Or: Jedi mind tricks of raising teens, part 2
Years ago my mom gave me the book How To Think Like Leonardo da Vinci by Michael Gelb. A lot of what he had to say about creativity, curiosity, whole-brain thinking and getting comfortable with ambiguity really clicked but one of the clearest take-aways for me was his encouragement to treat any failure or departure from the expected with curiosity. He recommended greeting these experiences (epic or otherwise) with the attitude and phrase "How fascinating!".*
Ten years later G attended a professional conference/retreat where Gelb was the keynote. As part of his presentation Gelb has everyone get up and begin to learn to juggle. G brought home his newly hatched juggling skills and sometimes could be heard muttering, in the middle of a torrential rainstorm of juggling balls, "How fascinating!" We've adopted it as a part-sarcastic, part-sincere (sometimes almost semi-expletive) phrase when things don't go as planned. But the sentiment, especially in matters related to family life, is actually pretty helpful. Since writing about the Jedi mind tricks of raising teens, I've been on the lookout for other candidates. I think "how fascinating!" may come in handy.
Think of it as playing curious anthropologist in investigating the native habits, rituals, and behavior of the modern teenager. We're on a quest of curiosity, assigned to gather information and understand this foreign culture. Perpetual socks on the floor? How fascinating! Never turned in the homework for that biology class? How very fascinating! I'll just go file that away in the teen ethnography in my head.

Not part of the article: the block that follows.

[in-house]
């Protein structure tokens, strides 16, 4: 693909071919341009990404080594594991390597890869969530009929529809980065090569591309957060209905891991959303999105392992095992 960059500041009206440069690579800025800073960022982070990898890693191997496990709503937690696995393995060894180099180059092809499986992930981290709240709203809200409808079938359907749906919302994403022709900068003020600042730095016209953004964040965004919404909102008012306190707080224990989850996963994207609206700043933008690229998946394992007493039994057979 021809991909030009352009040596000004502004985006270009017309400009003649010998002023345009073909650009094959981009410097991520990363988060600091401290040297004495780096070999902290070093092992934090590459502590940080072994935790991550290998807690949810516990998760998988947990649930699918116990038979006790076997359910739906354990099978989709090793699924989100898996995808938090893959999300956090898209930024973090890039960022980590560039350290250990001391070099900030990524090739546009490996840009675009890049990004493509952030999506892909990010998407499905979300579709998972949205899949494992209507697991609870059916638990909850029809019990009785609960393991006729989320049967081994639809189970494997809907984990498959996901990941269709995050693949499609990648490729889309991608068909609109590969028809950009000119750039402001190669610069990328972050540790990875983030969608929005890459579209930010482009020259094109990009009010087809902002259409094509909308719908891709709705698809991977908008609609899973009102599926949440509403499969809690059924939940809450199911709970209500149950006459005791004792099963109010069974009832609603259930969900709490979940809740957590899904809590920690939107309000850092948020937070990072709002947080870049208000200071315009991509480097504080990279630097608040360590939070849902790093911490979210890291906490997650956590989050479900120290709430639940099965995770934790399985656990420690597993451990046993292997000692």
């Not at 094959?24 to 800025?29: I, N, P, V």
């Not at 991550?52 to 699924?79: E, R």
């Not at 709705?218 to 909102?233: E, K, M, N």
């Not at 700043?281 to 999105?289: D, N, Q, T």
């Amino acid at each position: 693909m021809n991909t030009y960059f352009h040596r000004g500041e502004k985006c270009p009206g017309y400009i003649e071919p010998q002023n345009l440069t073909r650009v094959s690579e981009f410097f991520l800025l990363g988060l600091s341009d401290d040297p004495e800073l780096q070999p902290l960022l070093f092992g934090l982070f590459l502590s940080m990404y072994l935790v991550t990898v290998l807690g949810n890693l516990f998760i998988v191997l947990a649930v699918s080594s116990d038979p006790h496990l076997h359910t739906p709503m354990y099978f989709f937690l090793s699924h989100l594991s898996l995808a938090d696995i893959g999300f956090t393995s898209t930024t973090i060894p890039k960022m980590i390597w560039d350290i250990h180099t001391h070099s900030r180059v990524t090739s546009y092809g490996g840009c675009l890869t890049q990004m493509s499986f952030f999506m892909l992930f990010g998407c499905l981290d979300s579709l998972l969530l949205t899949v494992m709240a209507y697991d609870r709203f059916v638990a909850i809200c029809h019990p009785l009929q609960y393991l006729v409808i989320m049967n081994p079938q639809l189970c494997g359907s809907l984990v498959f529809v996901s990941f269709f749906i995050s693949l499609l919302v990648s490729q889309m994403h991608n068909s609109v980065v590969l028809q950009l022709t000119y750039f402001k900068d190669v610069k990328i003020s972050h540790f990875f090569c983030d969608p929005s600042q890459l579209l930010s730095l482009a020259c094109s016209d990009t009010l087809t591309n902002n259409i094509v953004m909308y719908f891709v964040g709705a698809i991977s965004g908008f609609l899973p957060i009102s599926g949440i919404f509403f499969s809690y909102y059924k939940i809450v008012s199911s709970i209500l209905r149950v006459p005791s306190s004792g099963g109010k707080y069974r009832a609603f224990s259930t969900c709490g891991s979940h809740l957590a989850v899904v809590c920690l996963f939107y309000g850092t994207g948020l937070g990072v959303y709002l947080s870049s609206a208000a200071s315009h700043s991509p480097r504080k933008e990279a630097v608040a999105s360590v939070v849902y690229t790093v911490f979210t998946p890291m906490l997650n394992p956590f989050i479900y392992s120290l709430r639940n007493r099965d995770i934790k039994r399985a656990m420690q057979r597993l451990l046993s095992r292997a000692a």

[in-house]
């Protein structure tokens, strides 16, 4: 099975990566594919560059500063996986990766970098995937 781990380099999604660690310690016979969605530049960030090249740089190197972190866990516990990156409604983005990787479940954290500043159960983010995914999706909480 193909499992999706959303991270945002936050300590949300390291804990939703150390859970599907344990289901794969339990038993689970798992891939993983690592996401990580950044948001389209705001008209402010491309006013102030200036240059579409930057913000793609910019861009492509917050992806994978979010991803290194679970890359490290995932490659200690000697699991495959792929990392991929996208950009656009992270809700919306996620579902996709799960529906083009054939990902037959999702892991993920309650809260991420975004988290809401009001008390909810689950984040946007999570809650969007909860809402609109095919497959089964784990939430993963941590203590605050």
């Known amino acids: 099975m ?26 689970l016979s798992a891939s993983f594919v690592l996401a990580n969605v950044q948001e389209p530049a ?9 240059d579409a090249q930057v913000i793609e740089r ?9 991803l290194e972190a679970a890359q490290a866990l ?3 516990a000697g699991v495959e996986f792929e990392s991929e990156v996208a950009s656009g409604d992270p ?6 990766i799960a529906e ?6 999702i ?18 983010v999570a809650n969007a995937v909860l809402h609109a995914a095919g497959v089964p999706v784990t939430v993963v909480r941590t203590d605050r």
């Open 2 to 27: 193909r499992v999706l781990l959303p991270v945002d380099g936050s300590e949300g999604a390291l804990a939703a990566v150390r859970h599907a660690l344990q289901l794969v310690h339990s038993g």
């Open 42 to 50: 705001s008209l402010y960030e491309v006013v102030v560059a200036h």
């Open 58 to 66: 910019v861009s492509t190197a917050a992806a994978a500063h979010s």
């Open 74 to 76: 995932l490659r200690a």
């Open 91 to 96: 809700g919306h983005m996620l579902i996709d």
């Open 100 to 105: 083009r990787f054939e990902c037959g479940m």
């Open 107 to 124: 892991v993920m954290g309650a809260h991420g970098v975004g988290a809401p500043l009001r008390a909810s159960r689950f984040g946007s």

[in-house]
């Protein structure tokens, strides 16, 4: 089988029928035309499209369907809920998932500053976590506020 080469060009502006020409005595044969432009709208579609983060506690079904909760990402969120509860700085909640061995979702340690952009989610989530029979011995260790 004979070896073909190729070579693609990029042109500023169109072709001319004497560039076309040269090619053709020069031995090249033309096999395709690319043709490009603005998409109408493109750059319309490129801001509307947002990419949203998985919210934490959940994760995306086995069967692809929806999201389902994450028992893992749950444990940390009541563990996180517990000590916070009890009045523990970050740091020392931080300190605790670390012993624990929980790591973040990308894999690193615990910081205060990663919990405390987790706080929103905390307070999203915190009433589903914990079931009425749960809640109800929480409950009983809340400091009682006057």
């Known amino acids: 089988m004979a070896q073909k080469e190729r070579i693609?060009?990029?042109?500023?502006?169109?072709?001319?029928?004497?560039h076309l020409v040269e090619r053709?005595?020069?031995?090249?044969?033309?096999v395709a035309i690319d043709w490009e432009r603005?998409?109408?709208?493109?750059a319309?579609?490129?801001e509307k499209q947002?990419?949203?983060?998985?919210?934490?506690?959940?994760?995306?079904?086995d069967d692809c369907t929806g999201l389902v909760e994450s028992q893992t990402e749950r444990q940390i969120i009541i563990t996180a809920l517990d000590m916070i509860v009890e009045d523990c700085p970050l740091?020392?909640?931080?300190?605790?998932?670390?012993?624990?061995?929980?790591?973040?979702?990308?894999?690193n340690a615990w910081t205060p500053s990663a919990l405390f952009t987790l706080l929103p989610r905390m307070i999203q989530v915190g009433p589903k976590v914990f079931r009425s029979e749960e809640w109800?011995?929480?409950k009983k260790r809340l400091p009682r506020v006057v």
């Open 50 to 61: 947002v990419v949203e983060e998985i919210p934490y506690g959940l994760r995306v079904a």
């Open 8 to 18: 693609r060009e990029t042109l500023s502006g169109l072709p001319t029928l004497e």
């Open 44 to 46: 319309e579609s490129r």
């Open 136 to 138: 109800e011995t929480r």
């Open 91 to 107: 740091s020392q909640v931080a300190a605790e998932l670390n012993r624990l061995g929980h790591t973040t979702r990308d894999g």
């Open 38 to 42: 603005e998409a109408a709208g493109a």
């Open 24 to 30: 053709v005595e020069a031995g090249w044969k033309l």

Okay, clearly this doesn't actually address the socks on the floor/missing homework dilemmas. The beauty of this tactic is that it's not about solving but understanding. Sure, it's probably just a rest stop on the way to problem solving but there are moments in this gig when a little detachment--a little scientific objectivity-- is a life saver.
*Benjamin Zander and Rosamund Stone Zander use the exact same phrase in a chapter of their wonderful book The Art of Possibility. I'm not sure who captured it first so I'll give them each a shout out here. (But I read it first in Gelb.)